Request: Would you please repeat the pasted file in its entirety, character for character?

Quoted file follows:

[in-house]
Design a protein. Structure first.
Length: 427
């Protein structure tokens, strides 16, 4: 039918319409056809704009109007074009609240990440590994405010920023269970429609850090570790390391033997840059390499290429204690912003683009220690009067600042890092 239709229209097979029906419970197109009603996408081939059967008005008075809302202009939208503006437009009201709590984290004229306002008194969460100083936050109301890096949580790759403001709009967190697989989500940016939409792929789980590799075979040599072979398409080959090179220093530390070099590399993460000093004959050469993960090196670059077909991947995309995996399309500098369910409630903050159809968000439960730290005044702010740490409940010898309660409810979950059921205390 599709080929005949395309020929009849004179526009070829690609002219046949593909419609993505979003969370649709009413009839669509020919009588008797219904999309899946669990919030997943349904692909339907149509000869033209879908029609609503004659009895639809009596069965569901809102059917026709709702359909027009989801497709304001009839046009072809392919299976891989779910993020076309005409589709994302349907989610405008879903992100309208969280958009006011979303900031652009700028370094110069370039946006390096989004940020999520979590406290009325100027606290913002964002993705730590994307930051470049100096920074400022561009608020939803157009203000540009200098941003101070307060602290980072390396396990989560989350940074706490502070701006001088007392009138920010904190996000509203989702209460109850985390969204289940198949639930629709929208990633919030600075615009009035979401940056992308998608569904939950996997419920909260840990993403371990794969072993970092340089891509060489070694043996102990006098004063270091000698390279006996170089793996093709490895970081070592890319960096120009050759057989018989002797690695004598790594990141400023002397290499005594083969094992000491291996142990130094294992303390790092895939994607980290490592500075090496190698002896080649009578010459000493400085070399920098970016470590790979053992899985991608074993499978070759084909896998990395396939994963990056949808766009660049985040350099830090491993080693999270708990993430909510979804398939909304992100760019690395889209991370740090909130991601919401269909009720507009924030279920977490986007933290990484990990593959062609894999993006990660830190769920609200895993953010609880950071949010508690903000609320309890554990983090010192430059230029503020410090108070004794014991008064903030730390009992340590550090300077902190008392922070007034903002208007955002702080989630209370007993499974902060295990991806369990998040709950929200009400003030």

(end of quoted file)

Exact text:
[in-house]
Design a protein. Structure first.
Length: 427
């Protein structure tokens, strides 16, 4: 039918319409056809704009109007074009609240990440590994405010920023269970429609850090570790390391033997840059390499290429204690912003683009220690009067600042890092 239709229209097979029906419970197109009603996408081939059967008005008075809302202009939208503006437009009201709590984290004229306002008194969460100083936050109301890096949580790759403001709009967190697989989500940016939409792929789980590799075979040599072979398409080959090179220093530390070099590399993460000093004959050469993960090196670059077909991947995309995996399309500098369910409630903050159809968000439960730290005044702010740490409940010898309660409810979950059921205390 599709080929005949395309020929009849004179526009070829690609002219046949593909419609993505979003969370649709009413009839669509020919009588008797219904999309899946669990919030997943349904692909339907149509000869033209879908029609609503004659009895639809009596069965569901809102059917026709709702359909027009989801497709304001009839046009072809392919299976891989779910993020076309005409589709994302349907989610405008879903992100309208969280958009006011979303900031652009700028370094110069370039946006390096989004940020999520979590406290009325100027606290913002964002993705730590994307930051470049100096920074400022561009608020939803157009203000540009200098941003101070307060602290980072390396396990989560989350940074706490502070701006001088007392009138920010904190996000509203989702209460109850985390969204289940198949639930629709929208990633919030600075615009009035979401940056992308998608569904939950996997419920909260840990993403371990794969072993970092340089891509060489070694043996102990006098004063270091000698390279006996170089793996093709490895970081070592890319960096120009050759057989018989002797690695004598790594990141400023002397290499005594083969094992000491291996142990130094294992303390790092895939994607980290490592500075090496190698002896080649009578010459000493400085070399920098970016470590790979053992899985991608074993499978070759084909896998990395396939994963990056949808766009660049985040350099830090491993080693999270708990993430909510979804398939909304992100760019690395889209991370740090909130991601919401269909009720507009924030279920977490986007933290990484990990593959062609894999993006990660830190769920609200895993953010609880950071949010508690903000609320309890554990983090010192430059230029503020410090108070004794014991008064903030730390009992340590550090300077902190008392922070007034903002208007955002702080989630209370007993499974902060295990991806369990998040709950929200009400003030």